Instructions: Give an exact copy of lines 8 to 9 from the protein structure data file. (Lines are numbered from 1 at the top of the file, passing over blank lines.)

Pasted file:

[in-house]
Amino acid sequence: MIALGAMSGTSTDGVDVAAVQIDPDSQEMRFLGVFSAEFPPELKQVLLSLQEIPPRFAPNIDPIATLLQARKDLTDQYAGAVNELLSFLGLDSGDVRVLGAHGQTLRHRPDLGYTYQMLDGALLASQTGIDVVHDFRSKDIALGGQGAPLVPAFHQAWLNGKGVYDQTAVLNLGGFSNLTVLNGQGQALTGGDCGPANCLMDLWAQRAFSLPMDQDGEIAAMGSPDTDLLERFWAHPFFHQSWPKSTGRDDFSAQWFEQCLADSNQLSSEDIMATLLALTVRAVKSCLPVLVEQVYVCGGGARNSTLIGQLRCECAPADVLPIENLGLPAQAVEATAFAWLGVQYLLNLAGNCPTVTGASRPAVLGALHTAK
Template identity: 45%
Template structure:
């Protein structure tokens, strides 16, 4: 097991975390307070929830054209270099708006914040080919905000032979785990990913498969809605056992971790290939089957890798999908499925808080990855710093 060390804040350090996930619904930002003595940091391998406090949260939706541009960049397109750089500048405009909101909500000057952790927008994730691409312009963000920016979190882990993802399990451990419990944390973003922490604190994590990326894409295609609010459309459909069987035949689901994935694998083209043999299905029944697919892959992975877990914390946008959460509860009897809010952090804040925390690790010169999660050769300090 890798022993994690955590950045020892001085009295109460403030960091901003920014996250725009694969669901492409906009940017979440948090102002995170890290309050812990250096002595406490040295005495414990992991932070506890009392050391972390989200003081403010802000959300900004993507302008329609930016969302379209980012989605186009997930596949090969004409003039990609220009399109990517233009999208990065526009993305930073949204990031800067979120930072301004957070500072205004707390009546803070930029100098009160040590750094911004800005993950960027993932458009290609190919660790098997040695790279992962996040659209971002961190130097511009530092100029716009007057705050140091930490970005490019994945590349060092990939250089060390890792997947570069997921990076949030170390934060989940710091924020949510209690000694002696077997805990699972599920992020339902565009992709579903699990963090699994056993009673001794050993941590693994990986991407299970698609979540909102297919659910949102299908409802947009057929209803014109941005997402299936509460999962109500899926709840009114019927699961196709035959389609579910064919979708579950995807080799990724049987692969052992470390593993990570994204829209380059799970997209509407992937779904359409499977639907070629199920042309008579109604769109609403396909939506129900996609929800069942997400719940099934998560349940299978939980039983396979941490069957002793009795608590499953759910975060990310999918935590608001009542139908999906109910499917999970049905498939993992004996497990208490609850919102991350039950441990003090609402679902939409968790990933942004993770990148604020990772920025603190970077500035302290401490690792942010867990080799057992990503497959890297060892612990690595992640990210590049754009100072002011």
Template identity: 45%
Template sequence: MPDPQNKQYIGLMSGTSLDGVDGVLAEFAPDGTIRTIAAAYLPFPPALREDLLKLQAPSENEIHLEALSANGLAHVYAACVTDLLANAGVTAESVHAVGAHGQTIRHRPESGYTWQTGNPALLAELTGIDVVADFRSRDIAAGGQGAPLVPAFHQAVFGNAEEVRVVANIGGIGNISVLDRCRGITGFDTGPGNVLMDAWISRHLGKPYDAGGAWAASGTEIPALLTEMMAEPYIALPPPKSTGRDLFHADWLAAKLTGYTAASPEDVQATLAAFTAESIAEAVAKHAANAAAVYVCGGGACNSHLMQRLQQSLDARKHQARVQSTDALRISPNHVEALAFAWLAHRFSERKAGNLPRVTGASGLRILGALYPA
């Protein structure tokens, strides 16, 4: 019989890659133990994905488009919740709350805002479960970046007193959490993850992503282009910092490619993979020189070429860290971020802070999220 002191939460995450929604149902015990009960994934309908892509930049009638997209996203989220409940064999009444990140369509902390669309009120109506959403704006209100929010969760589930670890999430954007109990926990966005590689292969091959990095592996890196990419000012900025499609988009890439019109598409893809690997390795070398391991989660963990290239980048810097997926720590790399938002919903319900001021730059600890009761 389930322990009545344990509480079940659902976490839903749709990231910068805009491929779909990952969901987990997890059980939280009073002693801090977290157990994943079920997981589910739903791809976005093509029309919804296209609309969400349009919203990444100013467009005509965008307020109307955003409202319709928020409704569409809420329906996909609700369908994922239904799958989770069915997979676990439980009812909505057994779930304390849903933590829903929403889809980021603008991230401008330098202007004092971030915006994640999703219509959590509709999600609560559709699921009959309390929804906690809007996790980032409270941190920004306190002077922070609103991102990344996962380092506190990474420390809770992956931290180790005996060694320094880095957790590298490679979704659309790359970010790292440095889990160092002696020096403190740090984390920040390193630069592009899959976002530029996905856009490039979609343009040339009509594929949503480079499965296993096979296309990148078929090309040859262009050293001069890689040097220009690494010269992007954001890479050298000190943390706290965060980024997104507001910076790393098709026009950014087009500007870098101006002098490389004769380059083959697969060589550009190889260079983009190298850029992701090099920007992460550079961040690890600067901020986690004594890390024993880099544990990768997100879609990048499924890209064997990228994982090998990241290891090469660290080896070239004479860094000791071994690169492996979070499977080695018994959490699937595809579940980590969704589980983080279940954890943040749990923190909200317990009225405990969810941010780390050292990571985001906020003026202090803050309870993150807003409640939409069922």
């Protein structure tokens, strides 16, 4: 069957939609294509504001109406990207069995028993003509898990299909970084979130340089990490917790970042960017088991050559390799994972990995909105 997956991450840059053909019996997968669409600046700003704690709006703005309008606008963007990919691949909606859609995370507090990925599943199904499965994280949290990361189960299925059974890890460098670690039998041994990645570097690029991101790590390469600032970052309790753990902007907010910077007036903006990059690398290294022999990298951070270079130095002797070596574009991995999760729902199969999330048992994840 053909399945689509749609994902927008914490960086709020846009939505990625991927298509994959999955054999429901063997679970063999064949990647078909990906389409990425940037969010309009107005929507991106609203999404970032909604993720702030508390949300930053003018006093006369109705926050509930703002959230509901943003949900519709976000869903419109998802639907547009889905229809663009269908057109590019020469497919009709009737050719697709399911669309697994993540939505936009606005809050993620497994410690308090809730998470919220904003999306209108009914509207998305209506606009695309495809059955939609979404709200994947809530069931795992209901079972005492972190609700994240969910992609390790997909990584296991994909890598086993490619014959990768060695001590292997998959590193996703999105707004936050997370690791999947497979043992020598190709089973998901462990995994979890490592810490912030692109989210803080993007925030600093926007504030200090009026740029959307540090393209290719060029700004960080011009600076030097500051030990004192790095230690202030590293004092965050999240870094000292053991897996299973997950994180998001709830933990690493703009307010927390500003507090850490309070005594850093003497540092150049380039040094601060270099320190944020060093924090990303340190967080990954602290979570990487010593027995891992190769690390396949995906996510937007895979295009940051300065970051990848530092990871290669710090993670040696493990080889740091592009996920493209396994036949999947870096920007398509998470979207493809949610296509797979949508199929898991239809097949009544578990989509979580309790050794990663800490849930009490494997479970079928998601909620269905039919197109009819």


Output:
């Protein structure tokens, strides 16, 4: 019989890659133990994905488009919740709350805002479960970046007193959490993850992503282009910092490619993979020189070429860290971020802070999220 002191939460995450929604149902015990009960994934309908892509930049009638997209996203989220409940064999009444990140369509902390669309009120109506959403704006209100929010969760589930670890999430954007109990926990966005590689292969091959990095592996890196990419000012900025499609988009890439019109598409893809690997390795070398391991989660963990290239980048810097997926720590790399938002919903319900001021730059600890009761 389930322990009545344990509480079940659902976490839903749709990231910068805009491929779909990952969901987990997890059980939280009073002693801090977290157990994943079920997981589910739903791809976005093509029309919804296209609309969400349009919203990444100013467009005509965008307020109307955003409202319709928020409704569409809420329906996909609700369908994922239904799958989770069915997979676990439980009812909505057994779930304390849903933590829903929403889809980021603008991230401008330098202007004092971030915006994640999703219509959590509709999600609560559709699921009959309390929804906690809007996790980032409270941190920004306190002077922070609103991102990344996962380092506190990474420390809770992956931290180790005996060694320094880095957790590298490679979704659309790359970010790292440095889990160092002696020096403190740090984390920040390193630069592009899959976002530029996905856009490039979609343009040339009509594929949503480079499965296993096979296309990148078929090309040859262009050293001069890689040097220009690494010269992007954001890479050298000190943390706290965060980024997104507001910076790393098709026009950014087009500007870098101006002098490389004769380059083959697969060589550009190889260079983009190298850029992701090099920007992460550079961040690890600067901020986690004594890390024993880099544990990768997100879609990048499924890209064997990228994982090998990241290891090469660290080896070239004479860094000791071994690169492996979070499977080695018994959490699937595809579940980590969704589980983080279940954890943040749990923190909200317990009225405990969810941010780390050292990571985001906020003026202090803050309870993150807003409640939409069922």
């Protein structure tokens, strides 16, 4: 069957939609294509504001109406990207069995028993003509898990299909970084979130340089990490917790970042960017088991050559390799994972990995909105 997956991450840059053909019996997968669409600046700003704690709006703005309008606008963007990919691949909606859609995370507090990925599943199904499965994280949290990361189960299925059974890890460098670690039998041994990645570097690029991101790590390469600032970052309790753990902007907010910077007036903006990059690398290294022999990298951070270079130095002797070596574009991995999760729902199969999330048992994840 053909399945689509749609994902927008914490960086709020846009939505990625991927298509994959999955054999429901063997679970063999064949990647078909990906389409990425940037969010309009107005929507991106609203999404970032909604993720702030508390949300930053003018006093006369109705926050509930703002959230509901943003949900519709976000869903419109998802639907547009889905229809663009269908057109590019020469497919009709009737050719697709399911669309697994993540939505936009606005809050993620497994410690308090809730998470919220904003999306209108009914509207998305209506606009695309495809059955939609979404709200994947809530069931795992209901079972005492972190609700994240969910992609390790997909990584296991994909890598086993490619014959990768060695001590292997998959590193996703999105707004936050997370690791999947497979043992020598190709089973998901462990995994979890490592810490912030692109989210803080993007925030600093926007504030200090009026740029959307540090393209290719060029700004960080011009600076030097500051030990004192790095230690202030590293004092965050999240870094000292053991897996299973997950994180998001709830933990690493703009307010927390500003507090850490309070005594850093003497540092150049380039040094601060270099320190944020060093924090990303340190967080990954602290979570990487010593027995891992190769690390396949995906996510937007895979295009940051300065970051990848530092990871290669710090993670040696493990080889740091592009996920493209396994036949999947870096920007398509998470979207493809949610296509797979949508199929898991239809097949009544578990989509979580309790050794990663800490849930009490494997479970079928998601909620269905039919197109009819």